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1.
Journal of Laboratory Physicians ; 2022.
Article in English | Web of Science | ID: covidwho-1967690

ABSTRACT

Background Rapid antigen detection tests of severe acute respiratory syndrome coronavirus 2 (SARS-CoV-2) play a crucial role in the control of the current coronavirus disease 2019 (COVID-19) pandemic. Data about the real diagnostic performance of such tests is still insufficient and hence their evaluation is of high priority. Objectives The aim of this study was to evaluate the diagnostic performance of BIOCREDIT COVID-19 antigen test alone and in combination with either C-reactive protein (CRP) or neutrophil/lymphocyte ratio (NLR) in comparison to real-time quantitative polymerase chain reaction (RT-qPCR). Additionally, we investigated the selection criteria of the suspect for best performance of the antigen test. Materials and Methods Paired nasopharyngeal (NP) swabs were collected from 200 suspected COVID-19 subjects for SARS-CoV-2 RNA by RT-qPCR and for antigen detection by BIOCREDIT test. Simultaneously, for all suspect, clinical presentations were recorded as well as CRP level and NLR were determined. Results Among 200 tested NP swabs, 125 (62.5%) were RT-PCR positive. Overall sensitivity, specificity and accuracy of BIOCREDIT test were 34.4, 98.7, and 58.5%, respectively. Sensitivity of the BIOCREDIT test was higher in COVID-19 suspect, with high viral load (100%), severely ill (56.2%), with fever alone (40%), elevated CRP (41.1%), and high NLR (36.2%). In combination with NLR or CRP, sensitivity of BIOCREDIT test increased to 89.4 and 81.6%, respectively, while its specificity decreased to 67 and 59%, respectively. Conclusion The overall low sensitivity of BIOCREDIT/COVID-19 antigen test does not permit its use as a single diagnostic test for COVID-19. However, its use should be restricted only if it is combined with either CRP or NLR in suspect with certain criteria.

2.
Laryngo- Rhino- Otologie ; 101:S307, 2022.
Article in English | EMBASE | ID: covidwho-1967677

ABSTRACT

Introduction As part of the immune response to the COVID-19-vaccine a multitude of anti-COVID-antibodies is formed. A part of these antibodies can bind to the body-s own tissue and facilitate autoinflammatory processes. Such autoimmune-inflammatory processes are suspected to be behind various symptoms of the COVID disease and the long-COVID syndrome. So far, numerous reports on neuro-otological symptoms in the context of COVID infection have been published. The present report describes patients who presented in a university ENT outpatient department with vestibulo-cochlear symptoms in connection with a COVID vaccination. Methods All patients who presented with dizziness, tinnitus and hearing impairment for the first time in a direct temporal context (max. 3 days after vaccination) tot he vaccination were examined by an ENT specialist and further examined using subjective and objective audiometry and, depending on the symptoms, using vestibular diagnostics. Results An otitis media was not found in any patient. A cochlear genesis of the vestibulo-cochlear symptoms could be demonstrated in all patients. One patient has isolated symptoms with hearing loss, all others also suffered from tinnitus or dizziness. In all patients, the symptoms resolved after drug therapy was carried out. Discussion Vaccine-associated hearing loss has also been described in the case of influenza vaccination. We were unable to provide direct evidence of the COVID vaccination as the triggering factor for the vestibulo-cochlear symptoms. An association of these symptoms with the vaccination cannot be ruled out though. The most likely mechanism is an immunoglobulin-triggered specific autoimmune response.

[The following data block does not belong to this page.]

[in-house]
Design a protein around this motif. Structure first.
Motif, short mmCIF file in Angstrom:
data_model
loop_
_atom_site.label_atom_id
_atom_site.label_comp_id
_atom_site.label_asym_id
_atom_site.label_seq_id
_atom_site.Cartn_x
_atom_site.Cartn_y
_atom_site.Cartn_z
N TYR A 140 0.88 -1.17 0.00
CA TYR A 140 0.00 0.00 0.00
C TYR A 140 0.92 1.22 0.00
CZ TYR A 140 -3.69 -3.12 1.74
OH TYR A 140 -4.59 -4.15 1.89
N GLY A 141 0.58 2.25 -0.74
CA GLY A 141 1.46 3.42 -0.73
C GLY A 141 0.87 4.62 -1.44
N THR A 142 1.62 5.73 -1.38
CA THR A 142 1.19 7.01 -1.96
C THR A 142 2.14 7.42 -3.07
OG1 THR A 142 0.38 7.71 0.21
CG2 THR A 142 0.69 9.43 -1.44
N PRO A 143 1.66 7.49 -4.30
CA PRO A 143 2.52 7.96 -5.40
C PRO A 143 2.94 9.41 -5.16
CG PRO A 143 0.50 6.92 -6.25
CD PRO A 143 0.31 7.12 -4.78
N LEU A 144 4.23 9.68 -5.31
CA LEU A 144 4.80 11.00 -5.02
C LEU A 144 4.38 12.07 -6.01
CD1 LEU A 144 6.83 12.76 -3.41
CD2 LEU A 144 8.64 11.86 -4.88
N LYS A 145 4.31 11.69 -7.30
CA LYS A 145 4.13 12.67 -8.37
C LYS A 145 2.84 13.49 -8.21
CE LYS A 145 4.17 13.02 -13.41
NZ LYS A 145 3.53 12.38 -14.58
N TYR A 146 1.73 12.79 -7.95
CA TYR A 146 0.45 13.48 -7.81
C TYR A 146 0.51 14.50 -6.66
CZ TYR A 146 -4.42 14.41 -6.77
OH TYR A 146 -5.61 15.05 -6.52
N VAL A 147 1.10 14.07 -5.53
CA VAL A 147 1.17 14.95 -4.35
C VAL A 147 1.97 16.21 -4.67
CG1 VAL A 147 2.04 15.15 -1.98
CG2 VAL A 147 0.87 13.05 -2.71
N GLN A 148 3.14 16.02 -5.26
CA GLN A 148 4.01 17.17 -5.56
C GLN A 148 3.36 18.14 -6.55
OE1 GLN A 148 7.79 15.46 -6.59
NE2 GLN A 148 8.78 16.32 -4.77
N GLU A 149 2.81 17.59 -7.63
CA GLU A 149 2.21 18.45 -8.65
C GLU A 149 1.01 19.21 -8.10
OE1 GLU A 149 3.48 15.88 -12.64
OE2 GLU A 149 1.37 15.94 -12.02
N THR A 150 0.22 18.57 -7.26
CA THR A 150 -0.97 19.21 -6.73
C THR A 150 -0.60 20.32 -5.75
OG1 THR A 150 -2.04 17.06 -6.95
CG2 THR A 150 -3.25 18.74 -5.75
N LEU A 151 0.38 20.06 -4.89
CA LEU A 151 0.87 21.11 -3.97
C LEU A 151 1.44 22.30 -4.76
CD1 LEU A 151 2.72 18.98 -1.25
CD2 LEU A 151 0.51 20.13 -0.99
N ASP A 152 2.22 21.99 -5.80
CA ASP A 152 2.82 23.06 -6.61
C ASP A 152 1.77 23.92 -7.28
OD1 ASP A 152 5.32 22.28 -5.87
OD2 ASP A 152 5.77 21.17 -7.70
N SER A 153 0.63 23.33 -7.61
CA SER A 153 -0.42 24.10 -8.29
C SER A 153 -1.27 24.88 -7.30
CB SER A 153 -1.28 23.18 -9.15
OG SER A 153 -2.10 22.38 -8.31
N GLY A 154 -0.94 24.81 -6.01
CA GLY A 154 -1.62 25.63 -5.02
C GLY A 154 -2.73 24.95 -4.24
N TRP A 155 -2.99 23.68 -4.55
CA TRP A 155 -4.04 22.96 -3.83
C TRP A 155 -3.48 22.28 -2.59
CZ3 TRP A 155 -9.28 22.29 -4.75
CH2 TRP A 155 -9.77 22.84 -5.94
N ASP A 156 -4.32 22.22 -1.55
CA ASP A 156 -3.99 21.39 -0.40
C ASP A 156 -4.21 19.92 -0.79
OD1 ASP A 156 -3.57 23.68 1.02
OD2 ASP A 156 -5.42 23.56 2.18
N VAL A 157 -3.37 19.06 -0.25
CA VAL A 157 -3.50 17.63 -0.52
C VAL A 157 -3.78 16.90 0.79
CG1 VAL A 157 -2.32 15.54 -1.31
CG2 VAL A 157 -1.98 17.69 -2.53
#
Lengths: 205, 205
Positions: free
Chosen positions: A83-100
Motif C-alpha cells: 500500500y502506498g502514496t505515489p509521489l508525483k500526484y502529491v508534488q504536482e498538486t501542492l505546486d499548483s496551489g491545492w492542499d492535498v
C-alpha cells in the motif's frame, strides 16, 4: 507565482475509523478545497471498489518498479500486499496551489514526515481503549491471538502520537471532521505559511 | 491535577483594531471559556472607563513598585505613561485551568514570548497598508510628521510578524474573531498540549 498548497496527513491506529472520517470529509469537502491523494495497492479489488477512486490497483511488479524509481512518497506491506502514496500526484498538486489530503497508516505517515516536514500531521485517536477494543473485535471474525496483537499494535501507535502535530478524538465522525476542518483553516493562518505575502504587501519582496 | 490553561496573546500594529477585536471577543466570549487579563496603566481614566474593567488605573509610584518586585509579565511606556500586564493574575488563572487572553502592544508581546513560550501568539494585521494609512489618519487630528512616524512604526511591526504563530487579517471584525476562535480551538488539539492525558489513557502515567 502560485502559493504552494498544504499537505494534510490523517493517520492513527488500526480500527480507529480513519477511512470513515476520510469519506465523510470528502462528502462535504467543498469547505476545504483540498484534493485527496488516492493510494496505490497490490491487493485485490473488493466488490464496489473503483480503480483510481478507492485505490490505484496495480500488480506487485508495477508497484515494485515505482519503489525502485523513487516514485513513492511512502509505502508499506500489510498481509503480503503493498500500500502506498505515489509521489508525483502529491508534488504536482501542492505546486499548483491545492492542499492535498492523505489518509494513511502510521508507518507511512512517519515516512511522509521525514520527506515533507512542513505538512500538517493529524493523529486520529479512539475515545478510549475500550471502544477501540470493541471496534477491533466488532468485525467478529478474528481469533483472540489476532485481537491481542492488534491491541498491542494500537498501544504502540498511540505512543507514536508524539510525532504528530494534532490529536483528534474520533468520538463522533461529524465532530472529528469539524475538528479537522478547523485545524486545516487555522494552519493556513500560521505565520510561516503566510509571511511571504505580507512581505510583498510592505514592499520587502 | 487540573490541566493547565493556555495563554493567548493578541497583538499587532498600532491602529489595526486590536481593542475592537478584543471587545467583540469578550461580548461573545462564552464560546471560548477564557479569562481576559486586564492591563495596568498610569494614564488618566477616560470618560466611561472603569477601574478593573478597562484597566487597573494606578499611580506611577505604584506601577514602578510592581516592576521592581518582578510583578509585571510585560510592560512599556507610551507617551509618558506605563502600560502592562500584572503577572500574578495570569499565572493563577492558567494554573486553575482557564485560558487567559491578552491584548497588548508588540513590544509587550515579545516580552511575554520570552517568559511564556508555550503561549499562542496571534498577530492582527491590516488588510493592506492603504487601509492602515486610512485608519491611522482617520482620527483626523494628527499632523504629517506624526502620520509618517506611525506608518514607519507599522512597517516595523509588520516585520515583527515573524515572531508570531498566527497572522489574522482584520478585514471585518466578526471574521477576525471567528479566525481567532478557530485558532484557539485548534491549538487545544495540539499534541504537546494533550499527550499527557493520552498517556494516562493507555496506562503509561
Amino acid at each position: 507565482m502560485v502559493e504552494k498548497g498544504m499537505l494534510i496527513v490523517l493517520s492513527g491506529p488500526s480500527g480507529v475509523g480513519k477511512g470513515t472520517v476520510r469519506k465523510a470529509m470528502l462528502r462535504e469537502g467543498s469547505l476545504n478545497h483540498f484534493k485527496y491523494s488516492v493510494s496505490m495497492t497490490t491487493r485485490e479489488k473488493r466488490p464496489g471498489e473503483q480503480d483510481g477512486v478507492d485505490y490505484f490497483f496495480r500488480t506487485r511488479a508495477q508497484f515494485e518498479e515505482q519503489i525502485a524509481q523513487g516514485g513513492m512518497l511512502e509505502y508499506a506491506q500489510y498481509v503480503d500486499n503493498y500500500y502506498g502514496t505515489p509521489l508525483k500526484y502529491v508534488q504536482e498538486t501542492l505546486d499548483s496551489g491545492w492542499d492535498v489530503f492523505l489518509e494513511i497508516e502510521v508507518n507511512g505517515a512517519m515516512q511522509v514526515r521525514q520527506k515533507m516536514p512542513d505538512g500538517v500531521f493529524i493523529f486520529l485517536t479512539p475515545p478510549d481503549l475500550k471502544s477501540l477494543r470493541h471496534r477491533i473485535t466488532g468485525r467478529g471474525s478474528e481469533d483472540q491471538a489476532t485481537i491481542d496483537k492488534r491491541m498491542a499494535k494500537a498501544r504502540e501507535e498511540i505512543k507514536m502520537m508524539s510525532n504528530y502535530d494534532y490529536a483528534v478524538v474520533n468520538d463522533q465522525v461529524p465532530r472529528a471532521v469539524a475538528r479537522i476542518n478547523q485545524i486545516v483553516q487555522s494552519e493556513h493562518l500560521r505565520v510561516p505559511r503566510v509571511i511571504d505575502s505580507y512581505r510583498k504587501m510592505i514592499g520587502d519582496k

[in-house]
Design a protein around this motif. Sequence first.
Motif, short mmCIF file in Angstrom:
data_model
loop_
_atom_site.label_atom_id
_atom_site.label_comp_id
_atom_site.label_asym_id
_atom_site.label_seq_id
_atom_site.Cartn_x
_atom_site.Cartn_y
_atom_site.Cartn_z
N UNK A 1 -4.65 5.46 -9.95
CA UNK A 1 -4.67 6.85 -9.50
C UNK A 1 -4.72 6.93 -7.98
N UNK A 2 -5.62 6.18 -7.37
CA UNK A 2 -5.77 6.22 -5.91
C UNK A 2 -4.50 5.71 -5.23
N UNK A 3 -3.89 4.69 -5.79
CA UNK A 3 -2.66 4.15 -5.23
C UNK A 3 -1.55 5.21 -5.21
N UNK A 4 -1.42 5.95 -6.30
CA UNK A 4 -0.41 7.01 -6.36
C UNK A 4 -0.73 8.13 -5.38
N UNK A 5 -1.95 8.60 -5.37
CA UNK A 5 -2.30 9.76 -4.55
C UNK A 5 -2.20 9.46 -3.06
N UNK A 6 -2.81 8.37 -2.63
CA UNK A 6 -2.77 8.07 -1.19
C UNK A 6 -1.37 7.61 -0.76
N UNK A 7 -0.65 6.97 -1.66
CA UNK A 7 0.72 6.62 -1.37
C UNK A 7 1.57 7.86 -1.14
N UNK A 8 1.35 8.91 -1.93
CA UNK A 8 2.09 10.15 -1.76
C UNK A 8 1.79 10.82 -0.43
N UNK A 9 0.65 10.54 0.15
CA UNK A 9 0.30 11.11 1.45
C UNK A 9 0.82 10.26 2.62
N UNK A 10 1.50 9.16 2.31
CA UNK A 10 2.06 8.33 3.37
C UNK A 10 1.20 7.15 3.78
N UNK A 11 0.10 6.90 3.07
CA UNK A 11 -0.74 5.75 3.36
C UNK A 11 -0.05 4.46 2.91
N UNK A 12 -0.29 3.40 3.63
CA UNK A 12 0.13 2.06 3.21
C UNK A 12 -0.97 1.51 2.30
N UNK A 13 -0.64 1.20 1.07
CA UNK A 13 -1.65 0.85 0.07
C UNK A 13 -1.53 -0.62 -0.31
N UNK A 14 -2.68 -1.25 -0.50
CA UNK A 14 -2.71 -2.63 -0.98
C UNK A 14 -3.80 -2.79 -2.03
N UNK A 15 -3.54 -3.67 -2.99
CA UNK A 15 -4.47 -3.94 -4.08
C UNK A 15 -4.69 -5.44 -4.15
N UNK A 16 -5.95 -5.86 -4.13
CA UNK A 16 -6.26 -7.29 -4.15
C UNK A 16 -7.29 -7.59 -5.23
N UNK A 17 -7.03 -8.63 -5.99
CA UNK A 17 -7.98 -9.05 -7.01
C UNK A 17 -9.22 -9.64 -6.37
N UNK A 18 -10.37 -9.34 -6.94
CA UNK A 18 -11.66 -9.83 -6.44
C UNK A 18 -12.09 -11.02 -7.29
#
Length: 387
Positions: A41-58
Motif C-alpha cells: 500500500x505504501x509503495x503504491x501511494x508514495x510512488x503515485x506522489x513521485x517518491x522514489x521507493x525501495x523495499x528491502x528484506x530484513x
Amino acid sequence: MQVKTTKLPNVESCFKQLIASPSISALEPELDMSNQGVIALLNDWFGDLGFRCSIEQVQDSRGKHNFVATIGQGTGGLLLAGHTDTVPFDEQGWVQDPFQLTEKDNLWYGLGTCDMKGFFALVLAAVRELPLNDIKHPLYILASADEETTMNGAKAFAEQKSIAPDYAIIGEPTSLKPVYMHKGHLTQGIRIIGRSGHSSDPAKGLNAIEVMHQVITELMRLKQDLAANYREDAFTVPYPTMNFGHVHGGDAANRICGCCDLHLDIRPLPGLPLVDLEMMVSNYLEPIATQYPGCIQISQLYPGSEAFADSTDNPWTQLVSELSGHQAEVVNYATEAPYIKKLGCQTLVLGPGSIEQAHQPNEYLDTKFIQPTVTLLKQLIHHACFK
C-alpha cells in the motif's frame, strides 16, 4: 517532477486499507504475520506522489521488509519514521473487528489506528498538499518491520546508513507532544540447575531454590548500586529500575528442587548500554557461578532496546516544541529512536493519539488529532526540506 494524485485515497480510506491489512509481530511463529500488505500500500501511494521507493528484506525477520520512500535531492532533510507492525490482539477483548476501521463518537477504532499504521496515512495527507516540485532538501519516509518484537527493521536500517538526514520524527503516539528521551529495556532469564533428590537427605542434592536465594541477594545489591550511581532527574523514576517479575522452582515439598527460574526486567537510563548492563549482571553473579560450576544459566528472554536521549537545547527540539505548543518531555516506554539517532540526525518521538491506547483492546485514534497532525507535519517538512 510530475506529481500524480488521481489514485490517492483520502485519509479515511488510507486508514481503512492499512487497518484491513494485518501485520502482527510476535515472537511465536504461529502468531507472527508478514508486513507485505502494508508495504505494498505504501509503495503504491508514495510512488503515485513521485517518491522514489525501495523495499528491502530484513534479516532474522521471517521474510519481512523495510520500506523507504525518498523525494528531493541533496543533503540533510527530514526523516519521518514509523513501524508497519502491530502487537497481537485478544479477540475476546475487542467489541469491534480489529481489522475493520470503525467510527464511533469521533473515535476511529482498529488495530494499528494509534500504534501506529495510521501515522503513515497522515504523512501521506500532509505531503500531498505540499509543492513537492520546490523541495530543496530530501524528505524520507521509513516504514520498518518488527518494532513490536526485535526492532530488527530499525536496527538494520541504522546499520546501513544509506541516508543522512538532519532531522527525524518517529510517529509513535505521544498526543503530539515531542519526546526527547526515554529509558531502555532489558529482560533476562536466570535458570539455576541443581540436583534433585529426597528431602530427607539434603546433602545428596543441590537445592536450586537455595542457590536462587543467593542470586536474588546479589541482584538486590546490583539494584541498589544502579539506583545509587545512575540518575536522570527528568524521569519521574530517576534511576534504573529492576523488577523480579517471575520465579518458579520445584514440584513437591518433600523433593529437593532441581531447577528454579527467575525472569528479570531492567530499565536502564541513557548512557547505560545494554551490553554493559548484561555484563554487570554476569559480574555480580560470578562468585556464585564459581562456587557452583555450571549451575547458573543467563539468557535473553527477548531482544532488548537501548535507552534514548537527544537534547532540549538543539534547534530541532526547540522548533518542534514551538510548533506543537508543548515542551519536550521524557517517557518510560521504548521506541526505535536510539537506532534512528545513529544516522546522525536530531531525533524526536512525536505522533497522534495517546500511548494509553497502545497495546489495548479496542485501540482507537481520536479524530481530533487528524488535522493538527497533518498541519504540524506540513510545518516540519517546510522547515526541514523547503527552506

3.
ACS ES&T Water ; 2022.
Article in English | Web of Science | ID: covidwho-1967578

ABSTRACT